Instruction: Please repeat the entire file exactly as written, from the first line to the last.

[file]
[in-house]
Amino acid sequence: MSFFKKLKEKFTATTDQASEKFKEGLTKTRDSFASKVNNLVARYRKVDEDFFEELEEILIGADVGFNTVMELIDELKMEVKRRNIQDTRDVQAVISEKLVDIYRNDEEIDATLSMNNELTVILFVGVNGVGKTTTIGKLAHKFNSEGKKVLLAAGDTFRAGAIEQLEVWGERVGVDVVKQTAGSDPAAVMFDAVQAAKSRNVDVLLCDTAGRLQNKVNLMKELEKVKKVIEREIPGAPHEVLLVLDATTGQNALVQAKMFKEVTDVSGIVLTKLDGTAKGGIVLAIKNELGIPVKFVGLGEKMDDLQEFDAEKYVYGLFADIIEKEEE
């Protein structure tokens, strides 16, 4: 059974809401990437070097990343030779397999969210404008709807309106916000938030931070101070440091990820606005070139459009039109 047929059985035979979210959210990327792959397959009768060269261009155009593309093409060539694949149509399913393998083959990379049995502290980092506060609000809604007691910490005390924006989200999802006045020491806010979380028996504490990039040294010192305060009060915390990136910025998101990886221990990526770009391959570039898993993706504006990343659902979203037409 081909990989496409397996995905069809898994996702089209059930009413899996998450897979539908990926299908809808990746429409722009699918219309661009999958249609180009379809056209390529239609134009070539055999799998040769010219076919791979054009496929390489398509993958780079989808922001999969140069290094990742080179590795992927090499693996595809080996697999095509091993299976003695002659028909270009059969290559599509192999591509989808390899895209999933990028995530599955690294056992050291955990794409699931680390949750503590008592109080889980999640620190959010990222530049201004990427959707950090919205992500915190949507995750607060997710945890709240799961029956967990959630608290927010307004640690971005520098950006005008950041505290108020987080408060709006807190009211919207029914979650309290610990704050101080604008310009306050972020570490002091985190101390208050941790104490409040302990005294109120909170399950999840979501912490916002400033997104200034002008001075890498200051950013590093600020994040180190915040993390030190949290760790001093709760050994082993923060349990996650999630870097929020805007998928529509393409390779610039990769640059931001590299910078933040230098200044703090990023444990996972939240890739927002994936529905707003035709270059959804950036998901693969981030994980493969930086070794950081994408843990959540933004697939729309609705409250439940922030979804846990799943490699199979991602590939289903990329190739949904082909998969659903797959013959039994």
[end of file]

[in-house]
Amino acid sequence: MSFFKKLKEKFTATTDQASEKFKEGLTKTRDSFASKVNNLVARYRKVDEDFFEELEEILIGADVGFNTVMELIDELKMEVKRRNIQDTRDVQAVISEKLVDIYRNDEEIDATLSMNNELTVILFVGVNGVGKTTTIGKLAHKFNSEGKKVLLAAGDTFRAGAIEQLEVWGERVGVDVVKQTAGSDPAAVMFDAVQAAKSRNVDVLLCDTAGRLQNKVNLMKELEKVKKVIEREIPGAPHEVLLVLDATTGQNALVQAKMFKEVTDVSGIVLTKLDGTAKGGIVLAIKNELGIPVKFVGLGEKMDDLQEFDAEKYVYGLFADIIEKEEE
């Protein structure tokens, strides 16, 4: 059974809401990437070097990343030779397999969210404008709807309106916000938030931070101070440091990820606005070139459009039109 047929059985035979979210959210990327792959397959009768060269261009155009593309093409060539694949149509399913393998083959990379049995502290980092506060609000809604007691910490005390924006989200999802006045020491806010979380028996504490990039040294010192305060009060915390990136910025998101990886221990990526770009391959570039898993993706504006990343659902979203037409 081909990989496409397996995905069809898994996702089209059930009413899996998450897979539908990926299908809808990746429409722009699918219309661009999958249609180009379809056209390529239609134009070539055999799998040769010219076919791979054009496929390489398509993958780079989808922001999969140069290094990742080179590795992927090499693996595809080996697999095509091993299976003695002659028909270009059969290559599509192999591509989808390899895209999933990028995530599955690294056992050291955990794409699931680390949750503590008592109080889980999640620190959010990222530049201004990427959707950090919205992500915190949507995750607060997710945890709240799961029956967990959630608290927010307004640690971005520098950006005008950041505290108020987080408060709006807190009211919207029914979650309290610990704050101080604008310009306050972020570490002091985190101390208050941790104490409040302990005294109120909170399950999840979501912490916002400033997104200034002008001075890498200051950013590093600020994040180190915040993390030190949290760790001093709760050994082993923060349990996650999630870097929020805007998928529509393409390779610039990769640059931001590299910078933040230098200044703090990023444990996972939240890739927002994936529905707003035709270059959804950036998901693969981030994980493969930086070794950081994408843990959540933004697939729309609705409250439940922030979804846990799943490699199979991602590939289903990329190739949904082909998969659903797959013959039994």